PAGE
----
A lot of famous people understandably feel they have the obligation to speak out about the issues they are passionate about. If using an acceptance speech or a Super Bowl performance leads to just one person donating some money, or sharing a petition, or voting or anything else, then it’s worth it. Are you not a journalist, Piers? Do you understand how, while your craft is not based around making others’ lives better, it can be used as a tool? If Beyonce featuring the mothers of black boys lost to police brutality is exploitation, what do you call the journalists who reported on the case? Were they not using a tragedy to push forward their careers and make some money?

Yes, many celebrities have managed to intertwine their activism with their public images- when you think of stars like Leonardo DiCaprio, Angelina Jolie and Lena Dunham, one of the first things to come to mind is their political or social activism, for better or worse. But similarly, David Bowie and Prince are remembered for breaking away from gender norms, John Lennon is synonymous with the fight for world peace. Yes, activism and social causes can become an integral part of one’s personal, public and artistic identities. Yes, it can be exploited, just as any artist can exploit their public persona. But it’s not inherently exploitative.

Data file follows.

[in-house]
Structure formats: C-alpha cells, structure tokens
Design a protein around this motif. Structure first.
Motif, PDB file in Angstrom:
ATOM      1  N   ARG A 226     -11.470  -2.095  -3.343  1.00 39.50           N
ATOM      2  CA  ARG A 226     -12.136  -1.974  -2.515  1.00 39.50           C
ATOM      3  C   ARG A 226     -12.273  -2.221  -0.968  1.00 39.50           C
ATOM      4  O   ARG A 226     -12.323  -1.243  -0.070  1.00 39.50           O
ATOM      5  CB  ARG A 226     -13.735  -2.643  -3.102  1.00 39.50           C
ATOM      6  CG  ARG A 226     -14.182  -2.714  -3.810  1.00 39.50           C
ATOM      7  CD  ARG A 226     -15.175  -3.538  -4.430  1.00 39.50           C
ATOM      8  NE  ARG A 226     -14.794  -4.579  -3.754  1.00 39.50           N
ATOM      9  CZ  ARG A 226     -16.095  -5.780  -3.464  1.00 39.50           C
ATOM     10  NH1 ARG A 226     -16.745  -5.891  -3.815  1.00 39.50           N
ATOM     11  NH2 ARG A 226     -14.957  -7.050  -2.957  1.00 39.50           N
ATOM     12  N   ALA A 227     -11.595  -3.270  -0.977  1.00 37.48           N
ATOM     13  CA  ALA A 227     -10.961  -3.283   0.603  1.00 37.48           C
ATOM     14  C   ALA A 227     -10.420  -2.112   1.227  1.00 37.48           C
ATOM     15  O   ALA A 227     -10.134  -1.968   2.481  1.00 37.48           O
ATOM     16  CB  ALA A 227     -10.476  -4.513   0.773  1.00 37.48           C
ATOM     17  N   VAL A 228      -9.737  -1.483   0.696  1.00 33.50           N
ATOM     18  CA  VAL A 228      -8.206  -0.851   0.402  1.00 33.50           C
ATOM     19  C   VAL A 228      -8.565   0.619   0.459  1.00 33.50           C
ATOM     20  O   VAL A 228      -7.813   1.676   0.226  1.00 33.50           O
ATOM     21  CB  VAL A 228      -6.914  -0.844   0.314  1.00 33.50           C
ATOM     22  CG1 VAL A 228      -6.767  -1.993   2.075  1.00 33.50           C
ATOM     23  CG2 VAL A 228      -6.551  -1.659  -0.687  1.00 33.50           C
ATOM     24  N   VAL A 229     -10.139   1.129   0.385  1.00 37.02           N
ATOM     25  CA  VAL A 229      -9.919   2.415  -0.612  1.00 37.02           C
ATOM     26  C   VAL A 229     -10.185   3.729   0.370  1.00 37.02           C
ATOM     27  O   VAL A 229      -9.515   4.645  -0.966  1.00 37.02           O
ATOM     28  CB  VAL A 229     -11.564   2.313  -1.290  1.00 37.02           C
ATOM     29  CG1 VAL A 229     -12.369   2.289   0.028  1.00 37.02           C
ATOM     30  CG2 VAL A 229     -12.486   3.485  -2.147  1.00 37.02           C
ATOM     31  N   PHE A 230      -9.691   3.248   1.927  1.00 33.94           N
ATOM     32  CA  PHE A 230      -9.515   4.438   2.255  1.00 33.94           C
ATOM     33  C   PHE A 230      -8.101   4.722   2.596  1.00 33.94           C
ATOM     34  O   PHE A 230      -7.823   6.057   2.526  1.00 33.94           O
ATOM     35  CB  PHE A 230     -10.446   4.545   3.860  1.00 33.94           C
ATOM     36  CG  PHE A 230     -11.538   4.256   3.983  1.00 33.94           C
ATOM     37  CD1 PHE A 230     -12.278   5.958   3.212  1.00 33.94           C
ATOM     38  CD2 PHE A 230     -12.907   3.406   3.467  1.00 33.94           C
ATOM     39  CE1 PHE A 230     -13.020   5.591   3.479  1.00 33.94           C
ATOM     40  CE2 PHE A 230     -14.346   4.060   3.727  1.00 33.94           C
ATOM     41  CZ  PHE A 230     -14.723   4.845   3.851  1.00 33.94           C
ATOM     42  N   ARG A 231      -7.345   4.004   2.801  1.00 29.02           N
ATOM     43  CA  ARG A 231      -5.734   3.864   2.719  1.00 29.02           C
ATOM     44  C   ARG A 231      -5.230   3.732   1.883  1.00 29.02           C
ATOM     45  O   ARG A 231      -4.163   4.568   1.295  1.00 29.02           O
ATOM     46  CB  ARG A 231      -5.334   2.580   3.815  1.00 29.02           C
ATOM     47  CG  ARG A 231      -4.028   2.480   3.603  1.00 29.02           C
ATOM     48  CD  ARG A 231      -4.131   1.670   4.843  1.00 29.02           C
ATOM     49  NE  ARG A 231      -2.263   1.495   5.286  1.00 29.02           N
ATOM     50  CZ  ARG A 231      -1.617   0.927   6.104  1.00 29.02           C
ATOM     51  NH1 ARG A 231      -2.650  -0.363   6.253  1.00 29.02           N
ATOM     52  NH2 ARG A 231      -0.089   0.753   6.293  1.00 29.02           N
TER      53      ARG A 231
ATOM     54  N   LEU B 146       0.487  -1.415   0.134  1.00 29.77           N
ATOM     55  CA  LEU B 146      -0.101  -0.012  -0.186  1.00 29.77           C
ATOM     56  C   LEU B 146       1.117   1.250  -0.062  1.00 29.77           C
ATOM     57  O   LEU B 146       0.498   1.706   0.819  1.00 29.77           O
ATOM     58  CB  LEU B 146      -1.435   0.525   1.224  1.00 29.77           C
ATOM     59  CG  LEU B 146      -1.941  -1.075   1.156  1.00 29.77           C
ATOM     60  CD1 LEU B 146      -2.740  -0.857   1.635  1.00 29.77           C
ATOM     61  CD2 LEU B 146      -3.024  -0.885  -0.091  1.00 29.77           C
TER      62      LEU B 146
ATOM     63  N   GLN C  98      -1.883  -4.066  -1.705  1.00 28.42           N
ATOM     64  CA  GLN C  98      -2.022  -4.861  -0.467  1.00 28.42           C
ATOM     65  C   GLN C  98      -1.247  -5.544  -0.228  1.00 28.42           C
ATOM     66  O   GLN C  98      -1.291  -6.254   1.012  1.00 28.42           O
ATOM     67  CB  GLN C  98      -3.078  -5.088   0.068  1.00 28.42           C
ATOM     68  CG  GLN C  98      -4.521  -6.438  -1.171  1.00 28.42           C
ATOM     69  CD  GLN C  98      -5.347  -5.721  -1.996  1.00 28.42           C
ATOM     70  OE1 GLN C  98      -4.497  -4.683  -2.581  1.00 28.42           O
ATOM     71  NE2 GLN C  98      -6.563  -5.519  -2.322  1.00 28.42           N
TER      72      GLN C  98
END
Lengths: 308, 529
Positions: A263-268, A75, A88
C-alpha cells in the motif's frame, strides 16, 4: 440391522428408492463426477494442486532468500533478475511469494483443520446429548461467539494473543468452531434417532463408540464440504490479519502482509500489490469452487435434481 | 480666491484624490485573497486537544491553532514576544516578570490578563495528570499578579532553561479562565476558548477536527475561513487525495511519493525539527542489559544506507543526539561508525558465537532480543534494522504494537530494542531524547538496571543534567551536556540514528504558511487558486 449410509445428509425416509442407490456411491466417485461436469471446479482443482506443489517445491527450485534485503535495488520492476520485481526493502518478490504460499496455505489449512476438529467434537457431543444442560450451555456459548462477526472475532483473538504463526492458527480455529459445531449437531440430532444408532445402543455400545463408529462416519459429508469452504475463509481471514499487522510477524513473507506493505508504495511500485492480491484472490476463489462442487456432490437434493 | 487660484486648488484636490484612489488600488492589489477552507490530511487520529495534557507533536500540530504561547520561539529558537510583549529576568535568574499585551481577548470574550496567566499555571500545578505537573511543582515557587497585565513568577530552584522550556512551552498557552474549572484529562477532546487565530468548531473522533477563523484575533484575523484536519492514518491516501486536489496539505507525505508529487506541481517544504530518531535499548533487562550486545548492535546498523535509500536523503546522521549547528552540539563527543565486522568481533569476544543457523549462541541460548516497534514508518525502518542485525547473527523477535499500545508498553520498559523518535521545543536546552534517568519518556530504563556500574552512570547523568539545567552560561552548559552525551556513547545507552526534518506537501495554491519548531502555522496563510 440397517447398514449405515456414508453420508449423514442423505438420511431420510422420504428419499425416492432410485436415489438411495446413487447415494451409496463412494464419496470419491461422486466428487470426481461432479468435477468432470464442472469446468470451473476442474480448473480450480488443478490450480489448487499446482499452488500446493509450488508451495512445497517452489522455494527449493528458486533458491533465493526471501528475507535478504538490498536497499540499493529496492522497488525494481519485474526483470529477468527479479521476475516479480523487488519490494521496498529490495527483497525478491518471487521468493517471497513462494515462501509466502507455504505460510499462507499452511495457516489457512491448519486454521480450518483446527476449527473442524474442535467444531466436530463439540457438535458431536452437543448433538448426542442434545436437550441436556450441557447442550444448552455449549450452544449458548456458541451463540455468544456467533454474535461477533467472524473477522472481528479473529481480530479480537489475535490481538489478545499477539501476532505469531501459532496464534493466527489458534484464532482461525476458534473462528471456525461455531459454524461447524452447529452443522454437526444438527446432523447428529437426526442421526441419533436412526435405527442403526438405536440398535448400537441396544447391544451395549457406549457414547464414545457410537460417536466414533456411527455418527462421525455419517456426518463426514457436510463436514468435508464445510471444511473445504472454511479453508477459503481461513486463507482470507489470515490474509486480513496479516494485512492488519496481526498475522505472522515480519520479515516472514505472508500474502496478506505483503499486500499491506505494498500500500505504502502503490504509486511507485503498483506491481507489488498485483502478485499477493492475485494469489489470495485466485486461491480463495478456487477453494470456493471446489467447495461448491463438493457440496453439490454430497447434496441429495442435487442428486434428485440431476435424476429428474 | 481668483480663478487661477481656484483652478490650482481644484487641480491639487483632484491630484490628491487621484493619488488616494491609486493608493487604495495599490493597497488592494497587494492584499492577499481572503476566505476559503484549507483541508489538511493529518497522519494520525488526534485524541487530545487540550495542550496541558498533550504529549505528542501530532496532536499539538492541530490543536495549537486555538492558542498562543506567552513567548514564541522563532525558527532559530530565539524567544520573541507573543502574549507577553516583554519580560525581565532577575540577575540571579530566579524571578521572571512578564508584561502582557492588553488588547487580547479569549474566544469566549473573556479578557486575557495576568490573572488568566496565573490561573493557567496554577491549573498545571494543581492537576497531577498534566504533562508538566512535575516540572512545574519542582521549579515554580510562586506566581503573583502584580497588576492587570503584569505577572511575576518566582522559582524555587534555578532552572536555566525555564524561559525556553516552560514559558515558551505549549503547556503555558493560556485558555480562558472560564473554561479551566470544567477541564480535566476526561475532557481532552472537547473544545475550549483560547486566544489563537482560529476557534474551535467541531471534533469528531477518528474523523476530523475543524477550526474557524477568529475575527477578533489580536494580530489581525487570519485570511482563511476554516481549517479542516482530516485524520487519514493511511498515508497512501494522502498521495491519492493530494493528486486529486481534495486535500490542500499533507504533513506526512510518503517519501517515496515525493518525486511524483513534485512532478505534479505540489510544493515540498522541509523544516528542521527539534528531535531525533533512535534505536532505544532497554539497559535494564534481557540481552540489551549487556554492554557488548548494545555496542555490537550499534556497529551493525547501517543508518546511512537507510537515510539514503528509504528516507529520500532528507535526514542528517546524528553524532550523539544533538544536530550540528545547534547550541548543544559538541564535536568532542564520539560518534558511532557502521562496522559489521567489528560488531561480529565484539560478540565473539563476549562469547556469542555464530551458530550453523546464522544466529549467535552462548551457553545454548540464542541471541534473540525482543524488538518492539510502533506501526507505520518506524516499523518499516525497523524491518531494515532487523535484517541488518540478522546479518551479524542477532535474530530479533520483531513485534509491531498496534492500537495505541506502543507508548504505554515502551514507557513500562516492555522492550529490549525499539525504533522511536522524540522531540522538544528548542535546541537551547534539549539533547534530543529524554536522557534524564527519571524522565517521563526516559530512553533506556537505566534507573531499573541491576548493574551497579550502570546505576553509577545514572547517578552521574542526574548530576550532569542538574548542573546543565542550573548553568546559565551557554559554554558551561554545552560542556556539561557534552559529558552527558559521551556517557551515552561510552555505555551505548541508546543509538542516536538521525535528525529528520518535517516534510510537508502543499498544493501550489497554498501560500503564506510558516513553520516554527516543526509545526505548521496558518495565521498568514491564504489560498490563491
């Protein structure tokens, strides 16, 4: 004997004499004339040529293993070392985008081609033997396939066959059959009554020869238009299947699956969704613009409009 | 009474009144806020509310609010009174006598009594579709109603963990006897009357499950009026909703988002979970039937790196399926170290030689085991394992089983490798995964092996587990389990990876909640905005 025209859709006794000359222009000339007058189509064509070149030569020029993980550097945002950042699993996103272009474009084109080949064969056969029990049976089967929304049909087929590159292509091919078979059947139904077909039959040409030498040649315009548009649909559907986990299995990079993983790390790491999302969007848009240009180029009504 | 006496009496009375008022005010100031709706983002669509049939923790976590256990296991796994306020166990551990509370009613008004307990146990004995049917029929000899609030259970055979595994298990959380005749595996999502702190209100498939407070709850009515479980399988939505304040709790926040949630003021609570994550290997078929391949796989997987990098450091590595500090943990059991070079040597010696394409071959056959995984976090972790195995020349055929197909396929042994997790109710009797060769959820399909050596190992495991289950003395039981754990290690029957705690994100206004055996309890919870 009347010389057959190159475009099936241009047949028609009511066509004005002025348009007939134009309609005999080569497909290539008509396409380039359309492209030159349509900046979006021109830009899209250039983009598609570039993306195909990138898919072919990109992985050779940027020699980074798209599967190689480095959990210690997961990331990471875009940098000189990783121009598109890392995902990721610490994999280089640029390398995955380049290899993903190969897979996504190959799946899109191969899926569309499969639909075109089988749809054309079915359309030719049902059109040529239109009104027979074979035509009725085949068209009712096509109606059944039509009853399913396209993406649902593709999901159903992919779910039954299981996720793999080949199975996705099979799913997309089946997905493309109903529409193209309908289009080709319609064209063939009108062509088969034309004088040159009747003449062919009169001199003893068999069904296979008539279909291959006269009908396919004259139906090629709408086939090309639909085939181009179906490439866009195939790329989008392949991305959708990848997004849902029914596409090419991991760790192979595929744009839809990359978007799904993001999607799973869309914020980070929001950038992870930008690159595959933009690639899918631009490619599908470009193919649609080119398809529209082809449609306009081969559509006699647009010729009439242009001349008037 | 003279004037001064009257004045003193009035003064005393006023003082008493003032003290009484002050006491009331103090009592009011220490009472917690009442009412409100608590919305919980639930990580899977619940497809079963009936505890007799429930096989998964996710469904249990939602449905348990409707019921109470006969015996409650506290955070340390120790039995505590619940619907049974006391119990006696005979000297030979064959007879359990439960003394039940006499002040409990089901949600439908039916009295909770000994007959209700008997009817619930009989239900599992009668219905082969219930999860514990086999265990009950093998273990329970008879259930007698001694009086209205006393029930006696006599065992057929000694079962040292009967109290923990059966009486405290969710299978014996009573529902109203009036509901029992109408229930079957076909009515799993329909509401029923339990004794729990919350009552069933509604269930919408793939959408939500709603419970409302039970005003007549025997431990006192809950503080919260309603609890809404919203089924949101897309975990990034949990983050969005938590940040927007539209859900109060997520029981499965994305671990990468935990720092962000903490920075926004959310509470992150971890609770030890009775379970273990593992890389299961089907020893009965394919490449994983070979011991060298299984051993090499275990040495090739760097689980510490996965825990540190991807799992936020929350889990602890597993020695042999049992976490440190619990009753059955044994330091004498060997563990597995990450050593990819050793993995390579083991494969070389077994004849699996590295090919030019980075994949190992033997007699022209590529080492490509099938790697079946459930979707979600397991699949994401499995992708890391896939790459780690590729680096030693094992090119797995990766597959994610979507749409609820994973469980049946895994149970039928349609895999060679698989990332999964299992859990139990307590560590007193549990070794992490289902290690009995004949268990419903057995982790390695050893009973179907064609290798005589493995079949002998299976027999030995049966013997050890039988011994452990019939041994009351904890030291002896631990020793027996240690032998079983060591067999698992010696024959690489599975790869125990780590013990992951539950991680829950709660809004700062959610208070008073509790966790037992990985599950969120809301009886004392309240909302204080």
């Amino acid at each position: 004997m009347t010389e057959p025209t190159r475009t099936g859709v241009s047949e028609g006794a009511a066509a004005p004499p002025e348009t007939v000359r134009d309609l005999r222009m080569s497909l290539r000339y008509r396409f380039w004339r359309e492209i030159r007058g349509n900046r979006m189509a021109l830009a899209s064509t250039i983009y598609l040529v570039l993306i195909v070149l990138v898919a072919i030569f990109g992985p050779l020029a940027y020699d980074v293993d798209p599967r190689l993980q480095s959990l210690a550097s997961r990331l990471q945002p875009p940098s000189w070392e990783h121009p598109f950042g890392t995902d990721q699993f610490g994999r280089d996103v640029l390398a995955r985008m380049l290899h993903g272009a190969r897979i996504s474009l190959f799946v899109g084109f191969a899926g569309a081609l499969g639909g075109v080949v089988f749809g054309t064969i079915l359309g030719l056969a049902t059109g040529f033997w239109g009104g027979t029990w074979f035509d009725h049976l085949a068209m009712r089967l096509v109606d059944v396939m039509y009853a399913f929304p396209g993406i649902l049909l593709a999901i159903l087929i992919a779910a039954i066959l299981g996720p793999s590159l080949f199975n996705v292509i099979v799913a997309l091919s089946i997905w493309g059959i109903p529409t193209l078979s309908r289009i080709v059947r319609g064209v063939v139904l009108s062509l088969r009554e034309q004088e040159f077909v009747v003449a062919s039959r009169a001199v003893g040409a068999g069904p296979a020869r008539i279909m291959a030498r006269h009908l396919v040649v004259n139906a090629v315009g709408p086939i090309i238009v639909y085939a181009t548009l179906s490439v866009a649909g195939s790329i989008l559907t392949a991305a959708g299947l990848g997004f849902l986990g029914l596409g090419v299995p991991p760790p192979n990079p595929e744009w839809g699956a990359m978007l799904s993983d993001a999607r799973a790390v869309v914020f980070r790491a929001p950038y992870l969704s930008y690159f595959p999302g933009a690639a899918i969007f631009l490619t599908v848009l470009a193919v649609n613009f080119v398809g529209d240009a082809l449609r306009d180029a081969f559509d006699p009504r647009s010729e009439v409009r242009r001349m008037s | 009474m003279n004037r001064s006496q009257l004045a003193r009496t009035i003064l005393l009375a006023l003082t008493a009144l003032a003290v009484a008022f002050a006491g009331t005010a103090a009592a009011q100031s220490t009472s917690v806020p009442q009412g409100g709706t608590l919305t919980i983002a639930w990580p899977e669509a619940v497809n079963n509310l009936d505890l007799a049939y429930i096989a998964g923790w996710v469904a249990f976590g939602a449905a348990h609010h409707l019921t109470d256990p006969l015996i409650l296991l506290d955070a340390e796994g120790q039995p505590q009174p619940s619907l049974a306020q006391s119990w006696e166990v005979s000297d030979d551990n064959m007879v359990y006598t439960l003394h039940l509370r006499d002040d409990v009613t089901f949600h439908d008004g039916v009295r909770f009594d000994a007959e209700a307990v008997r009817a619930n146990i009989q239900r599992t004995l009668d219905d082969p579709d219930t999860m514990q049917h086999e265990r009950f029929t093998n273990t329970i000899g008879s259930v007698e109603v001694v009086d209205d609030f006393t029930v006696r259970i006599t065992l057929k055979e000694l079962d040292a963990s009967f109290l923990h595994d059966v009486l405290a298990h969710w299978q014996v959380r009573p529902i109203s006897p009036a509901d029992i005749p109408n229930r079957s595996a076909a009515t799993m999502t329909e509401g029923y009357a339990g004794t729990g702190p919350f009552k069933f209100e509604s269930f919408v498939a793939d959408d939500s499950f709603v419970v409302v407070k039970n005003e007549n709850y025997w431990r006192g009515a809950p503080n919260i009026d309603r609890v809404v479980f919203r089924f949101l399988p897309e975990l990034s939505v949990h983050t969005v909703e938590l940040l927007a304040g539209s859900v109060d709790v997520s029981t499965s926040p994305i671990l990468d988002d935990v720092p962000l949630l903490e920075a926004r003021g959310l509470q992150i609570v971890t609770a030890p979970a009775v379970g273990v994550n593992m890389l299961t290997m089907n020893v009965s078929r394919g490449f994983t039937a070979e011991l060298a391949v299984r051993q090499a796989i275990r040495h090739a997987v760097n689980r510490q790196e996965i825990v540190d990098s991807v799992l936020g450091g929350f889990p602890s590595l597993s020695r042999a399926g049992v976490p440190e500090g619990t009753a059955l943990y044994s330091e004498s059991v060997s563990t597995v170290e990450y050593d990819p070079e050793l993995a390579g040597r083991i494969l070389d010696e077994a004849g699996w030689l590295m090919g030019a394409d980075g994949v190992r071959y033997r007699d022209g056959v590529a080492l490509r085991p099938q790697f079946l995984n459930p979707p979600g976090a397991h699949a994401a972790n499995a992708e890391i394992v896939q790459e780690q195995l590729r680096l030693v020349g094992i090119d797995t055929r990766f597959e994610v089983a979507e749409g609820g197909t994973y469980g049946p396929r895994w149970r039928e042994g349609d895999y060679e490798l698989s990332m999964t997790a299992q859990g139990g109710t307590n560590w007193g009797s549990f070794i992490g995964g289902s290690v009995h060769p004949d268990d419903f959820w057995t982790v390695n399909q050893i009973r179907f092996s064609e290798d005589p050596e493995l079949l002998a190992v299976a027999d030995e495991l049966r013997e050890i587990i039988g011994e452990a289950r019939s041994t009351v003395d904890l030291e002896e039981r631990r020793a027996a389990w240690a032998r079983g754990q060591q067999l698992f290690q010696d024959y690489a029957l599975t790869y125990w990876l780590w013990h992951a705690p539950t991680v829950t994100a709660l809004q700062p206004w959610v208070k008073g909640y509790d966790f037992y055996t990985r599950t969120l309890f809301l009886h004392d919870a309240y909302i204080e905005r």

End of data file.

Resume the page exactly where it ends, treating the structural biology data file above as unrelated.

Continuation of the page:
David Bowie wasn’t exploiting women when his androgyny became a major part of his identity as an artist. The Beatles weren’t exploiting their own drug use when they wrote entire studio albums about it. Taylor Swift wasn’t exploiting her ex-boyfriends when she created a persona that was partially based around her visceral, personal retellings of her former relationships. A prominent part of Beyonce’s public identity was her seemingly picture-perfect relationship with her husband and her openness with her sexuality. She isn’t exploiting her own body or her marriage when she comes out with tracks about Jay-Z or sex. She’s allowing a prominent aspect of her life to inspire and guide her art. That’s what artists do.

It isn’t a “fashion accessory”, as you put it. It’s an obligation to give back, to understand that a lot of forces helped to put you in the position of success you are in, and you have the power to help others.

This is especially true for Beyonce. Piers brings up a 2008 interview where she admits to facing a little bit of racism, but tries to focus mainly on how her career has broken barriers. He uses this almost as proof that there’s no way her concern for the Black community is genuine- I say it’s the sign of the opposite. Beyonce has found her catastrophic fame because of a number of reasons- and her outstanding talent, work ethic, performance abilities and physical beauty are among them- but it could definitely be said that Beyonce may have benefited from her lighter skin tone. This doesn’t suggest she doesn’t deserve her fame, or hasn’t worked for it- it just suggests that she may have not faced specific barriers as a result of her skin tone. That’s how privilege works.

Regardless, the Black community has helped put her in the position she’s in. They related to her, connected to her style and her music, admired her confidence in her own skin, went crazy about how she embraced her curves and her Blackness, and in return they flocked to buy her albums and see her shows. The Black community turned her and Jay-Z into shining examples of Black excellence, and role models for black kids everywhere. Maybe that’s why she feels her activism is so important- she has an obligation to her community, as a role model and spokesperson.